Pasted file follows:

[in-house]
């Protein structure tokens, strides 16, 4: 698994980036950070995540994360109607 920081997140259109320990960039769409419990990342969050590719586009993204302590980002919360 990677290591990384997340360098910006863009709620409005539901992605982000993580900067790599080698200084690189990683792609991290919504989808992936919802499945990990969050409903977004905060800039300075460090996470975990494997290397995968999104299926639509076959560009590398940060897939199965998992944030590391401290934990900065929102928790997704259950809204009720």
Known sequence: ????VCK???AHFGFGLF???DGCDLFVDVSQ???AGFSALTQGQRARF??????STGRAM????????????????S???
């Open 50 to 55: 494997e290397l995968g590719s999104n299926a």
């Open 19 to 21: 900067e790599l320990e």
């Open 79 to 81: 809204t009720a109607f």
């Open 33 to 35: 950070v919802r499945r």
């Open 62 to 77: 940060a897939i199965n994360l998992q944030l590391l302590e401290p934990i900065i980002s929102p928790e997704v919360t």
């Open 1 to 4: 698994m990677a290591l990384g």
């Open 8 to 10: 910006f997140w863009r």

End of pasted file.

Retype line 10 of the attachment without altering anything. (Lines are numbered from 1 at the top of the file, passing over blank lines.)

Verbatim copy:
């Open 8 to 10: 910006f997140w863009r």